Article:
Here is the document we will be working on during the final exam review session April 12 (1-2:30, BUCH A 103), to brainstorm thoughts on what you think could show up as short answer questions on the final exam.
There is a lecture hosted by the Philosophy department at UBC, by David Wong speaking about the Confucian virtue of harmony on March 23, 4pm.
See here for the announcement and more details!
There are two new learning tech tools in development right now, and in the testing phase. If you want (entirely optional!) you could try one or both during the trolley problem week (March 19-23).
New course website system
This course website right here is on the UBC Blogs system because I wanted it to be publicly available for other teachers and students of philosophy in case they might find any of what we’re doing useful. But this is really a system for blogs, and doesn’t have the same functionality as a full course website system might have.
UBC is developing such a system called Course Spaces, which also runs on WordPress like this course site right here, but it has more functionality. We have put next week’s material on a test site for it, which you can check out here: https://arts.coursespaces.ubc.ca/PHIL-102-003/ (log in with your CWL to access all the functions of this site)
The same material will still live on this site as it always has; it’s just that if you want to try it out on a new site to see what it looks like and what functionality it has, and have a chance to give feedback, you can do so.
Some useful functionality:
- You can take notes on any course page; so, for example, if you wanted to take notes on the videos for the trolley problem you could do so right on the same page as the videos. You could then copy and paste them elsewhere if you want.
- There are a few informal quiz questions after each video to see if you’ve gotten some of the basic ideas down correctly from the videos. These give you the answer right after you submit yours, and they are not marked.
- You can bookmark particular pages, or check them off to say you’ve completed them, and then you can see your progress through the course or module that way.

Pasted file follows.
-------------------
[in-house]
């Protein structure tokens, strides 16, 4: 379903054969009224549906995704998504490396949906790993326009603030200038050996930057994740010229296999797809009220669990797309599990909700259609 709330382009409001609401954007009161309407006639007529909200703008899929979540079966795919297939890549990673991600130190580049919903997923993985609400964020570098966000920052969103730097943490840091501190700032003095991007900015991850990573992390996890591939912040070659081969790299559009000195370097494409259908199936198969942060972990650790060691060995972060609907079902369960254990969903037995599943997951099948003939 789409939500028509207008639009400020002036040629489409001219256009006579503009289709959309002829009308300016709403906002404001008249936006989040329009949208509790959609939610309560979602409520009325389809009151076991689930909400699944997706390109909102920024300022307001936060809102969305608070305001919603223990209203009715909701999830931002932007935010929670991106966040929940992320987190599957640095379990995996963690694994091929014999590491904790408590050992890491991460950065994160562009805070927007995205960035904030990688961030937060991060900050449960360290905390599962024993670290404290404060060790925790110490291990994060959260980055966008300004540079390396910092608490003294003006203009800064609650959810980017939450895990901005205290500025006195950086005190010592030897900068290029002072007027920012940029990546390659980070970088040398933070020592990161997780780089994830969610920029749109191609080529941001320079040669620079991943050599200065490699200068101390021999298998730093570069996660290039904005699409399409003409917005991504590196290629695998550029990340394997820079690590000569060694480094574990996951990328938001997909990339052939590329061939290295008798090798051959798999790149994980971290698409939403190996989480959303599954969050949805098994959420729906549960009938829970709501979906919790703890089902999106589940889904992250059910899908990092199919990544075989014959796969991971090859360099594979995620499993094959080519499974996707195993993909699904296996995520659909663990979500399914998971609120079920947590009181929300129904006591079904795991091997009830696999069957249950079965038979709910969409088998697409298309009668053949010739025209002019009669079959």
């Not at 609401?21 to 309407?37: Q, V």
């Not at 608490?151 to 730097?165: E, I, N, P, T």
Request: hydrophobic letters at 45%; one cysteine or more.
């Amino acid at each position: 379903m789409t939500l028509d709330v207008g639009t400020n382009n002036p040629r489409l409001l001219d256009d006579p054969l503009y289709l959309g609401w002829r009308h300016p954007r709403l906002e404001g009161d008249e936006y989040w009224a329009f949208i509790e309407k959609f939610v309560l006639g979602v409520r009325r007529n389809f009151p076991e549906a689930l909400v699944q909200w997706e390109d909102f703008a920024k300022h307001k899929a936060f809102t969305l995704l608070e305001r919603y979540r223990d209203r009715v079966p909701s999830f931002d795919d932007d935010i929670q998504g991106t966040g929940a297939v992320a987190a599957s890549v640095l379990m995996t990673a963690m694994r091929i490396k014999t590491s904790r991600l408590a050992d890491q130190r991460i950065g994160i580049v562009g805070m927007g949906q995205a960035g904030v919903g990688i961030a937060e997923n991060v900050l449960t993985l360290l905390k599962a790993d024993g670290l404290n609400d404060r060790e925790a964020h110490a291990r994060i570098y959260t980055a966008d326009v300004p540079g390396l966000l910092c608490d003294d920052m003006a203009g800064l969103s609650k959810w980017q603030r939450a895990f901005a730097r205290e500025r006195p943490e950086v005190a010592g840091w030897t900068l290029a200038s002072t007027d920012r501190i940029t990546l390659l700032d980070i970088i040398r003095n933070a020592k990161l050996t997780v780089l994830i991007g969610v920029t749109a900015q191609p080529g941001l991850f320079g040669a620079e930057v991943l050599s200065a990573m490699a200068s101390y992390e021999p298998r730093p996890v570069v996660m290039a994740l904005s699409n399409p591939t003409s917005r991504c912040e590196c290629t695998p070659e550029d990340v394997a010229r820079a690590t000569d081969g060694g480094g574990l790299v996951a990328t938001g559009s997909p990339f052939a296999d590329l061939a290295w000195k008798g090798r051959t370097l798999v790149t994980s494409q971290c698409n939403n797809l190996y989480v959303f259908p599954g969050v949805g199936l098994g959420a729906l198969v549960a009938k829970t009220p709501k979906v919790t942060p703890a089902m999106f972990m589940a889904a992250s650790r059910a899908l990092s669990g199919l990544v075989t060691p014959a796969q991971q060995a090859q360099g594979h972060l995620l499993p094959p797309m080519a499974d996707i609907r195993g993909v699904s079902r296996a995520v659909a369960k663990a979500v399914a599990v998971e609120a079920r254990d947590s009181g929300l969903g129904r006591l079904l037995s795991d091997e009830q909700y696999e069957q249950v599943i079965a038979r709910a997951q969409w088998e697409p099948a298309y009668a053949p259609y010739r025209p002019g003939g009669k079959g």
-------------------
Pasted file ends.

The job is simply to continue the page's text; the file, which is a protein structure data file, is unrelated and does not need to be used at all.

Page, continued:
You’ll need to log in with your CWL at the above link in order to access most of this functionality!
New video watching tool: ViDex
The trolley problem videos are available on this site, or the above site, or you can watch them through a new video tool called ViDex.
ViDex is an interactive video player that has been developed in the Electrical and Computer Engineering department, in collaboration with Microsoft, with the goal of making videos a more effective learning experience. It lets students create notes, bookmark, tag, and highlight inside the videos.
If you want to see a bit about ViDex, there are a few screenshots at the ViDex website. A demo will also be given in class on March 14.
To access the videos on ViDex, you need to have a Microsoft 365 account through UBC. If you haven’t create an account, please do so. It is free, and it gives you access to Microsoft Office as well; although it is not necessary to download Office in order to access ViDex.
To find instructions for setting up your account, please visit videx.ece.ubc.ca, and look at “Getting Started” on the top right of the page. After you set up your account, you should be able to access the course videos by clicking on the invitation link posted at the top of this message. If you have any problems setting up your account or accessing the videos, please email email@example.com.
Then, once you’ve set up your Microsoft 365 account, you’ll need to go to an invitation link that Christina will send via email (it shouldn’t be posted publicly (it’s only for students in this course) so I can’t put it here).